Mseleni Children’s Home (87330)
Play is important work! The Christmas holiday got off to a great start with a party on the beach at Sodwana, South Africa, organised by a local company. The children played games, ate delicious food, and each received a box of presents.
And work is important play! The teenage boys worked together with their care worker to mix cement and make blocks. Then, together with the middle range of boys, they worked to construct a chicken house. This activity taught the boys skills as well as how to work together towards a goal.
While play and work are absolutely vital to every child’s healthy development, the children at Mseleni Children’s Home have all been abused or abandoned, which can make learning to relax and play a lot of work. Care for such traumatized children is limited and not available from the government in the rural area of Mseleni. They need special care to help them deal with the problems arising out of the abuse.
All children attend therapeutic and activity groups and psycho-social workshops to enable them to deal positively with trauma, develop self-esteem and a sense of self-worth. This will help them to reintegrate into their community and lead fulfilled lives. The children are also involved in the greater life of the community. In the Home they experience the love of God through the care experienced.
Mseleni, which cares for up to 40 children between the ages of birth to 18 years (or 21 years if they are still in school), has a vision to see children raised in the love and discipline of the Lord in such a way that each child grows to his or her full capacity (physically, mentally, emotionally and spiritually).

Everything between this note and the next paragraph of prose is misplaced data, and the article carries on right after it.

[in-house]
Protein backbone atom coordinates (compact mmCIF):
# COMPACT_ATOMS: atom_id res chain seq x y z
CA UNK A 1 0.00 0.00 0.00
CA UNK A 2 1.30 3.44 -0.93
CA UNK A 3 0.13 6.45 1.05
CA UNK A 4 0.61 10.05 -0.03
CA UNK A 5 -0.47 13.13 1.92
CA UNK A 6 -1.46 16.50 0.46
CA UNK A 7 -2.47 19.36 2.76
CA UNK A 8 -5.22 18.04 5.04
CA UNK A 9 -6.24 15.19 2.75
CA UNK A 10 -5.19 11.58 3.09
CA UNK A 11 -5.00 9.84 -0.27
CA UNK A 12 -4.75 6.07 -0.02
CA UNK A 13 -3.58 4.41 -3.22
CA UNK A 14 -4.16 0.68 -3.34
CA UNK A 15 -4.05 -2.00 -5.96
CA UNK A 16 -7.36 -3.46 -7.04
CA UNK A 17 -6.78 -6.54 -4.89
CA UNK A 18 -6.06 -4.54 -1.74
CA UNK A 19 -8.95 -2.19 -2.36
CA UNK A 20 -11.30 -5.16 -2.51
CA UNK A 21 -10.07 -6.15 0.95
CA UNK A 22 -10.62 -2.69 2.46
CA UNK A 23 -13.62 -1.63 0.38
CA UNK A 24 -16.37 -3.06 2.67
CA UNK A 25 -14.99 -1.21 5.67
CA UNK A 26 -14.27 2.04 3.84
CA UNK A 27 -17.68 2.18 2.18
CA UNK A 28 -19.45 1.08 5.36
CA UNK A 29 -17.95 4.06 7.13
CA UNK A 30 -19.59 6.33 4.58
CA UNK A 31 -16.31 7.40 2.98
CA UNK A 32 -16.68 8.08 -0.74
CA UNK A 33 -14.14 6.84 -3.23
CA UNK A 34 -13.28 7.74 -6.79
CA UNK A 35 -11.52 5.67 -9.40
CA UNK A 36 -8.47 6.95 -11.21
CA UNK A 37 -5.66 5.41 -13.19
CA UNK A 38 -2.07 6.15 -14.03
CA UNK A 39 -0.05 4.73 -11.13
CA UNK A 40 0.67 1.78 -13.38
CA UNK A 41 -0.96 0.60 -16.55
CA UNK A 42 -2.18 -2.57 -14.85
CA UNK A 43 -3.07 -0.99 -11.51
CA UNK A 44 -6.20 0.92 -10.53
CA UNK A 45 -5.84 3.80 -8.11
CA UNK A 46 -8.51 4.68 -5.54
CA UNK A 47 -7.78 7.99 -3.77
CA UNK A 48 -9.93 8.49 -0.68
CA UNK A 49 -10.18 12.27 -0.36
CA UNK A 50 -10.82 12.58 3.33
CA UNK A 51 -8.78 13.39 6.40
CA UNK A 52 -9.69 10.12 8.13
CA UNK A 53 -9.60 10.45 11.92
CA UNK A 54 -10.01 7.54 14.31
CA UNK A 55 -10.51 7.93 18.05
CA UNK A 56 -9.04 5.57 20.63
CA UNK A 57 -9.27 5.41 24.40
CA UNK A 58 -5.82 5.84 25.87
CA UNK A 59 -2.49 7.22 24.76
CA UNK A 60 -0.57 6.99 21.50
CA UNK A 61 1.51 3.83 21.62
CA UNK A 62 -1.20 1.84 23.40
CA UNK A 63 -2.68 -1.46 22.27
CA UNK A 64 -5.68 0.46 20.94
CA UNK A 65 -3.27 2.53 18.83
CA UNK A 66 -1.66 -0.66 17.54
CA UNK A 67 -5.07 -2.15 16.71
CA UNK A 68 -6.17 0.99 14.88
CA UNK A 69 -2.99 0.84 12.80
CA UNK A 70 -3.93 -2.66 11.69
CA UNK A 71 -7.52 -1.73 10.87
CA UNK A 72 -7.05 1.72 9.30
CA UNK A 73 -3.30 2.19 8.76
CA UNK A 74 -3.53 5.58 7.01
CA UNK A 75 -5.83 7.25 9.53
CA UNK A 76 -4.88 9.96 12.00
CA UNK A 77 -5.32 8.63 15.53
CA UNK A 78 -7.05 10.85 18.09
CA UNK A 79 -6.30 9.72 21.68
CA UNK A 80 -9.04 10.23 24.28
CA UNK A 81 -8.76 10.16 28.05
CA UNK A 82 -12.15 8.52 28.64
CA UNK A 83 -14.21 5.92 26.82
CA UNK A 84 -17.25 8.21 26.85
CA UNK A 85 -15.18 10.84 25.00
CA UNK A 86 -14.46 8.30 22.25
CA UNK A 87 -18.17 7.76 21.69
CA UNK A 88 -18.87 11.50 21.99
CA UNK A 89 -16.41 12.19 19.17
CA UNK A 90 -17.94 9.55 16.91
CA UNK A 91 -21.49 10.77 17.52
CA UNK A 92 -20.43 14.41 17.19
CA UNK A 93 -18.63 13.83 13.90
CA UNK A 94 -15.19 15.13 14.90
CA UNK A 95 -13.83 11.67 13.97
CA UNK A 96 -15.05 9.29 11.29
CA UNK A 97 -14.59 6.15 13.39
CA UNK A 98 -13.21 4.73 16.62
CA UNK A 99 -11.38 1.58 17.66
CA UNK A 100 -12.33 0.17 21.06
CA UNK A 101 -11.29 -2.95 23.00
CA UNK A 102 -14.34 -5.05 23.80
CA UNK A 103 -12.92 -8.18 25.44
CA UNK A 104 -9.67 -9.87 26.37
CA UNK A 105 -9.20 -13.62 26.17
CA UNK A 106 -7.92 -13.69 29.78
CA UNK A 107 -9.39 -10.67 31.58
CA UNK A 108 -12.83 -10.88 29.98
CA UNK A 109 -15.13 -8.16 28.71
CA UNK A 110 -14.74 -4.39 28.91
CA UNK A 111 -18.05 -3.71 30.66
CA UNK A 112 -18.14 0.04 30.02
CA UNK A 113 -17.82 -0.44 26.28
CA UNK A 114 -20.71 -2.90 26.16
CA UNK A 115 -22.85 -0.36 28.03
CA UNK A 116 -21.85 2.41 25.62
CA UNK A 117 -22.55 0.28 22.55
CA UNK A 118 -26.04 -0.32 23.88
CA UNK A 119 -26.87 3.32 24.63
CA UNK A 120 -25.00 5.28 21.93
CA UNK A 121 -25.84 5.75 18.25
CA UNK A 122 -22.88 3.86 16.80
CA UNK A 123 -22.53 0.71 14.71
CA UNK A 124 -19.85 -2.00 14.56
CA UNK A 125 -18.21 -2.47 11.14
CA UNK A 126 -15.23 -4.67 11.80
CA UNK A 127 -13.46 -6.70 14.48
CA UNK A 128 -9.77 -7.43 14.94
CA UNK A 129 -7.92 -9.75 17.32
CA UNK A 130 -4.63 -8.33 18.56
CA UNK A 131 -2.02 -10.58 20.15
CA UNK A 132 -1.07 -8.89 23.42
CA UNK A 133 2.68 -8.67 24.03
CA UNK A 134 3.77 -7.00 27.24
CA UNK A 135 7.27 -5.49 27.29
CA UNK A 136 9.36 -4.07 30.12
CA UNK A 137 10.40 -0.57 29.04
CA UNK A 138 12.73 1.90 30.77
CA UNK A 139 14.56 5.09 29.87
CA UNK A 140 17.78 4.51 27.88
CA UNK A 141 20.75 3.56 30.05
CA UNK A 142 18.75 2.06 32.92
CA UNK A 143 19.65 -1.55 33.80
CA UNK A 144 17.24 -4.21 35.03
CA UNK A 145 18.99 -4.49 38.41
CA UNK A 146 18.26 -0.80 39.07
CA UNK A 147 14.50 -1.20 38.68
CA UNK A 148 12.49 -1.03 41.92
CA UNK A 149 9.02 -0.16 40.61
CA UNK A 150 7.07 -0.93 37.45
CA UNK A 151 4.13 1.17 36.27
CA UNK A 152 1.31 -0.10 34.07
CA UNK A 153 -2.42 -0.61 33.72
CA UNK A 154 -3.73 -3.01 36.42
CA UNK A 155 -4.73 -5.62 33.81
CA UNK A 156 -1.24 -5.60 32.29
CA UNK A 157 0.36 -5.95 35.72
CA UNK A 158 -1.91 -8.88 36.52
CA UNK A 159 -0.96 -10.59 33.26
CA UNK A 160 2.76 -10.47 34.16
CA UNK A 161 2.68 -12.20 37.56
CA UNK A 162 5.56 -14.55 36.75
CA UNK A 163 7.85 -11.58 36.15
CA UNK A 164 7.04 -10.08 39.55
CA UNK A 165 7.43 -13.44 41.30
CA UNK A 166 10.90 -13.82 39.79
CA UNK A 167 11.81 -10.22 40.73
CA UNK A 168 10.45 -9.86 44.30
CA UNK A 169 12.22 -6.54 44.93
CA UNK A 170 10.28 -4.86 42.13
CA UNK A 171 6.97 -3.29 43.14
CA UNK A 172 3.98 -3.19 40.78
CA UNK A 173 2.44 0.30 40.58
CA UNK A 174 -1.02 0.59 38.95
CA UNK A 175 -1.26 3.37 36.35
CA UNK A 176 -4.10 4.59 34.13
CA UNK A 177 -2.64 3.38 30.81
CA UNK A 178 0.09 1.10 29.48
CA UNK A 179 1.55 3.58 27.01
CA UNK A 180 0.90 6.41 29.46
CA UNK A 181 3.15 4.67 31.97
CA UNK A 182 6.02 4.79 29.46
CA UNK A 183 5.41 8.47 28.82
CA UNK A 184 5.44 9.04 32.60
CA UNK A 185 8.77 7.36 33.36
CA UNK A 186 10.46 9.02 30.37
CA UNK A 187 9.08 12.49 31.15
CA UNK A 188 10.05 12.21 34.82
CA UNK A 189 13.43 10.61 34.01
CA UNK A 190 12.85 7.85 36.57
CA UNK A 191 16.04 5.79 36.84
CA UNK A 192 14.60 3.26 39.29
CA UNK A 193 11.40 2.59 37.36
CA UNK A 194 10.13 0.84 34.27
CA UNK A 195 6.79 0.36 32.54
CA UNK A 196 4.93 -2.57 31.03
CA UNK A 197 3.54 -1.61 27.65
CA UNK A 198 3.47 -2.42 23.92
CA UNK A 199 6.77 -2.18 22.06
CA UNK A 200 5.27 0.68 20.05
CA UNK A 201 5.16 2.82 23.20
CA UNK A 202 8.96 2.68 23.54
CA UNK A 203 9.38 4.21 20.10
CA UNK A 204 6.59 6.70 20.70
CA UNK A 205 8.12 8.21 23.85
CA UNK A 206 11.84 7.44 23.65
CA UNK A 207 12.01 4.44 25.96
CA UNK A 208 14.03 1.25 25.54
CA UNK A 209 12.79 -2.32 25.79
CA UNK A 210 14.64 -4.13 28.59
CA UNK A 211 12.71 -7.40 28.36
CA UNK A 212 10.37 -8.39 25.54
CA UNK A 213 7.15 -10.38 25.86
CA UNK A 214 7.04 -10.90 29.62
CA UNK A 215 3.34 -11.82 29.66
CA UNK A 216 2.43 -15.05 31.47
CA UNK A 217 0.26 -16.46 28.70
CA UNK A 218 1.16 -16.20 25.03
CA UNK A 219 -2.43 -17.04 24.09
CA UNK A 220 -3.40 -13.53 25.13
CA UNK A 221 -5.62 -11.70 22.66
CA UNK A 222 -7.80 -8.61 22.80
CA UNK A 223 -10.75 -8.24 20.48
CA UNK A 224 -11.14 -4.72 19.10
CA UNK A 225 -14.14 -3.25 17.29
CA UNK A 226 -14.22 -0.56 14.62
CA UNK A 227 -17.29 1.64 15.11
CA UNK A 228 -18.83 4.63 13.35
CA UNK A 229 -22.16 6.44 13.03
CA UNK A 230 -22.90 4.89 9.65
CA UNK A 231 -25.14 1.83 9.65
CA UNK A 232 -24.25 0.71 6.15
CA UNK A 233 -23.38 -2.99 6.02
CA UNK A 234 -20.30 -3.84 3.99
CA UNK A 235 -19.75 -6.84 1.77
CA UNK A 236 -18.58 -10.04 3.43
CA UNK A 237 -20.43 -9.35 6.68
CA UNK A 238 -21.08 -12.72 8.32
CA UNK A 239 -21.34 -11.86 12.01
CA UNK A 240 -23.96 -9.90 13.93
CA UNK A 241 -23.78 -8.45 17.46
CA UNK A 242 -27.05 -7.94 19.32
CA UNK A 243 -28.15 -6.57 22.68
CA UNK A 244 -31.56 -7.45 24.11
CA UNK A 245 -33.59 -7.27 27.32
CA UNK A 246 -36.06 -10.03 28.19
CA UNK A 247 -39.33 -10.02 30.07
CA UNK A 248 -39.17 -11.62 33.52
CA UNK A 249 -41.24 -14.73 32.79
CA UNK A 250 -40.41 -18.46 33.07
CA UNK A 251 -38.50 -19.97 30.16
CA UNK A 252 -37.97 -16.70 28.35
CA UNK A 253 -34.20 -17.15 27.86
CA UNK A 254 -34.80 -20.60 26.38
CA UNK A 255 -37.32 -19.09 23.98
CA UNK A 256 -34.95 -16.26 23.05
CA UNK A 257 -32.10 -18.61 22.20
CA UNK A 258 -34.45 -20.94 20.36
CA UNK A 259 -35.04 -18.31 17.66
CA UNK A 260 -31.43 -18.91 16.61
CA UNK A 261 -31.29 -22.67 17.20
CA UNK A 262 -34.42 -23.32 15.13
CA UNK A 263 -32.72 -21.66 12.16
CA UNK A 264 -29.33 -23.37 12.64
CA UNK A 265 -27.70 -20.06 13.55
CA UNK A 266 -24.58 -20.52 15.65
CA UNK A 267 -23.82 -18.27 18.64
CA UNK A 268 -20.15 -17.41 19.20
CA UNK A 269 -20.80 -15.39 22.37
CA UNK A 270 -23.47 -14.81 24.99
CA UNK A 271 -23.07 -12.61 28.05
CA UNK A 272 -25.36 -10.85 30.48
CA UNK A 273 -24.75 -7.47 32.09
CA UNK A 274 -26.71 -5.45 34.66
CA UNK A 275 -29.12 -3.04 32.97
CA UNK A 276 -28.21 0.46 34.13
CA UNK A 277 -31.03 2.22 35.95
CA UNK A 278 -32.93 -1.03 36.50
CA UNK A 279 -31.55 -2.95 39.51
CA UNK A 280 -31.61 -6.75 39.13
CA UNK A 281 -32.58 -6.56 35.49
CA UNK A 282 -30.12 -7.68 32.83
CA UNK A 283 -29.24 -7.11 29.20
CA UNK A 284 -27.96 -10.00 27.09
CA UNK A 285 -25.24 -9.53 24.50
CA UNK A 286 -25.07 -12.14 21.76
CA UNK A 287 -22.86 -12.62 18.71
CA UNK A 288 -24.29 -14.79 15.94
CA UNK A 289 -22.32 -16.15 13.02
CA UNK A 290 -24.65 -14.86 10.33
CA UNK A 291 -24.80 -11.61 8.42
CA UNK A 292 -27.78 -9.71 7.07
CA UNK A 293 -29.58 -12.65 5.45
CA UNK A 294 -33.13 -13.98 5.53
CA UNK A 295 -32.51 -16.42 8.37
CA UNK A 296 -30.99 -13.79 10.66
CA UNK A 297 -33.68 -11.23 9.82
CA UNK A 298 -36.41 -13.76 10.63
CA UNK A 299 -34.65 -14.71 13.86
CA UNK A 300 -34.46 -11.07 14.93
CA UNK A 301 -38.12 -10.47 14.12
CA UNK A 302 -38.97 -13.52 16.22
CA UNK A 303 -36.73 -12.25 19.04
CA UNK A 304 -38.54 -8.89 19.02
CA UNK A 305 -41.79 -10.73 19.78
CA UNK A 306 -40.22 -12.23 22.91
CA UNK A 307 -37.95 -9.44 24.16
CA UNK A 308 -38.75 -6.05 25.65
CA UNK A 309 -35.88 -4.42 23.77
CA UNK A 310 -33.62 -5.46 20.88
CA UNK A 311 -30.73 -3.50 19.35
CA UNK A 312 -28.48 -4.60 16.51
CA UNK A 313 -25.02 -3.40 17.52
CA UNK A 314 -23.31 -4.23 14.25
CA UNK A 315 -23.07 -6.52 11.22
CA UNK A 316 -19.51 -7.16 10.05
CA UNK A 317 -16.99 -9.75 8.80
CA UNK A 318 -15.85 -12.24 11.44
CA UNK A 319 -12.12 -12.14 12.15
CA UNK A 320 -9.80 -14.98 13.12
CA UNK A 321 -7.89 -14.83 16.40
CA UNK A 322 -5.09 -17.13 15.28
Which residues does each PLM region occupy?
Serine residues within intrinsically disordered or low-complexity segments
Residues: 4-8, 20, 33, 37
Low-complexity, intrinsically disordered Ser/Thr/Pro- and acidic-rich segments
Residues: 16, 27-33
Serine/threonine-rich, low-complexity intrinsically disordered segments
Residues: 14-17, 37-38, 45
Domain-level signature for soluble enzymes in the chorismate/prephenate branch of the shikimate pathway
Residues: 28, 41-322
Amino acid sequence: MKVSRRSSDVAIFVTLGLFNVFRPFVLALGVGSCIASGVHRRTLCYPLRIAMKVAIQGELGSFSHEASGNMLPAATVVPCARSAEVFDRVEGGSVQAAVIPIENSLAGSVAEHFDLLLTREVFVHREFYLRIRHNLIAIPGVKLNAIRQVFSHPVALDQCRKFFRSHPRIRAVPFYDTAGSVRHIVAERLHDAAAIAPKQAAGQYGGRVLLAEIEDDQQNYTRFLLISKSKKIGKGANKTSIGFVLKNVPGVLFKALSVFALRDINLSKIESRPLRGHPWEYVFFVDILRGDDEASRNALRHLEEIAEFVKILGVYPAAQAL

The children live in “cottage units”—the boys and girls have their own units—to create a family atmosphere. Christian child care workers provide 24-hour residential care.
The Home is registered with the Department of Social Development. The government pays subsidies for each child but these are not sufficient to offer appropriate care and education at the home. Donations are used to improve the children’s lives for example through therapeutic and activity groups, fun outings, birthday celebrations, new equipment, toys or sometimes a bicycle, to name a few. Those who move into adult life or into tertiary education often need a hand until they are fully settled.
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